Amarillo by morning this 5am. Amarillo is where I’ll be.
(I don’t live in Amarillo please don’t try to find me.)
Throughout history, different people have come up with numerous ways to determine how to define a human being, or rather, a person’s worth.
The most common in the west is money, that ones value is determined by what a person gives to the economy. I tried so hard to give to the blessed mother economy that has given me so much. Say what you want but in the end I was its slave. A marker of adulthood is being a willing one, and I was, but I had fallen down and was thrown to the side with the chaff.
Worse of all, I am now applying for disability. I am asking money from the government, an act considered so heinous by many people I know I don’t deserve the donated clothes on my back.
Many conservative people will tell you a woman belongs with a man. I will not disclose why but I have decided my husband and I cannot do this marriage journey in our short time together. This will bring me shame from my surrounding conservative community.
Oftentimes when I volunteered to cook at funerals people would ask when I was going to get a man because my food was so good. It took me six years to find one, but it turned out to be a bad love.
At first I thought I would be relieved, but then the tears started coming every day. I’ve been listening to “The Redheaded Stranger” album by Willie Nelson on repeat the past two days.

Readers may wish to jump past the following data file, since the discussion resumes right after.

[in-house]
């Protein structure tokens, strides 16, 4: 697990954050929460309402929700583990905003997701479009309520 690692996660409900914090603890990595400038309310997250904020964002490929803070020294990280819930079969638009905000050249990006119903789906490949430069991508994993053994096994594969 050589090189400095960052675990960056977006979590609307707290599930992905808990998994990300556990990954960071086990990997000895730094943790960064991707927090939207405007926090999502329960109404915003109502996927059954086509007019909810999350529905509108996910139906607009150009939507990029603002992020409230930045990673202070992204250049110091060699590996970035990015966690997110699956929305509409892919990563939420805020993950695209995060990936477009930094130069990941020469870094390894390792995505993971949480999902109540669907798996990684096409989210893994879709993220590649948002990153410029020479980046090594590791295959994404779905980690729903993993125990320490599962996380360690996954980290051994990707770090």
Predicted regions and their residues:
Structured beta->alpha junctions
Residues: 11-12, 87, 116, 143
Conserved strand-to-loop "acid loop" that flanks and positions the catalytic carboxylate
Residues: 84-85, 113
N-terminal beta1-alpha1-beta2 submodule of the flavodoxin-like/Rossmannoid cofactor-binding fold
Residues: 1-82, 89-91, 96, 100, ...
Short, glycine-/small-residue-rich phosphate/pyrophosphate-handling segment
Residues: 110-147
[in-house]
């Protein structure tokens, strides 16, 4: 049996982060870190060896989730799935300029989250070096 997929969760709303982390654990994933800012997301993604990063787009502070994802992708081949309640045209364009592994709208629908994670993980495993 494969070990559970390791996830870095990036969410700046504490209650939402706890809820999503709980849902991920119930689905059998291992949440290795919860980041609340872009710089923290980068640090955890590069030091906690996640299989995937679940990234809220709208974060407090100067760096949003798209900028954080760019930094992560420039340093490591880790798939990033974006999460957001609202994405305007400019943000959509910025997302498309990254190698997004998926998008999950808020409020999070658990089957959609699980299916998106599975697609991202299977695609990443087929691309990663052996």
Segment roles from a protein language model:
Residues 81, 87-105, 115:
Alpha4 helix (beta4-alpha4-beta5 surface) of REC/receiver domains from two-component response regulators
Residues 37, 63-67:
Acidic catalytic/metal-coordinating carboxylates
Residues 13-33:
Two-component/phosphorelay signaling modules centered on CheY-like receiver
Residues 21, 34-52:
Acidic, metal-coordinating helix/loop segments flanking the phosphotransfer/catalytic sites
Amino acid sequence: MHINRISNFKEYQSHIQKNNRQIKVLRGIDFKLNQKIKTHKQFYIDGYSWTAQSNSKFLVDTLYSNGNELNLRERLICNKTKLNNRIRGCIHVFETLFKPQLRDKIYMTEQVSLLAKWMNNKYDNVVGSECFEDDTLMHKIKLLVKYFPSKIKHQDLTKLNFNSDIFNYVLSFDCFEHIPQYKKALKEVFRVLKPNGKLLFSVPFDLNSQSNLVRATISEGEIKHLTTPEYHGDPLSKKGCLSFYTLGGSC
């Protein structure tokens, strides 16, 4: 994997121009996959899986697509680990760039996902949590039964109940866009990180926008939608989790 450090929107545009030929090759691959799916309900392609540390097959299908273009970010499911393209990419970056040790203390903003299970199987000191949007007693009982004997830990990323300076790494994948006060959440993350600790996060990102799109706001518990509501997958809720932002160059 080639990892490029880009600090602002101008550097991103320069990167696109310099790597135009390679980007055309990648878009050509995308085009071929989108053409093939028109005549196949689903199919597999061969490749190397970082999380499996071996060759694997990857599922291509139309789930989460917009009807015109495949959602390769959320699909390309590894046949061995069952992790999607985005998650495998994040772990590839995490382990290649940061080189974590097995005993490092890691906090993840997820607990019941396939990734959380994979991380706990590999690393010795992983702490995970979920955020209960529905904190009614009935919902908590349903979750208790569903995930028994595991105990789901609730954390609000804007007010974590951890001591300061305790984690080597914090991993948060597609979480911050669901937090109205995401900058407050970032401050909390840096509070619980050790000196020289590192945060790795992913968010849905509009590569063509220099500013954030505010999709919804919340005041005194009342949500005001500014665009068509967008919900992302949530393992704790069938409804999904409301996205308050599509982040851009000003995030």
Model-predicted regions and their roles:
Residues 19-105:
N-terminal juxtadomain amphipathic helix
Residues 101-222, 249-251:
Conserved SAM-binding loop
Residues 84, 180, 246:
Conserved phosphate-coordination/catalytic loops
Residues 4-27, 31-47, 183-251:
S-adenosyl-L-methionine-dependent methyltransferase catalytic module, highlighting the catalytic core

I am afraid I will lose my sense of personhood through all of these losses, but I am doing what I can do hold on to Christ and what he says, that I am God’s child and his princess. I am royalty, even if the world says otherwise. No one can take my crown. If it needs adjusting then I do and keep marching on.
Does this all go down to the choices we make consciously?
Could I have foreseen being rejected by a dollar, or what was to go down with my husband?
I don’t know if I could have at all. But there were points where I could have demanded more or walked out. And I did try that, to no avail.
You end up where you are and there’s no use reminiscing. You straighten your crown and march on.
That’s a crown from God that no illness or man can take away, ladies and gents, and it’s on your head whether you believe in it or not.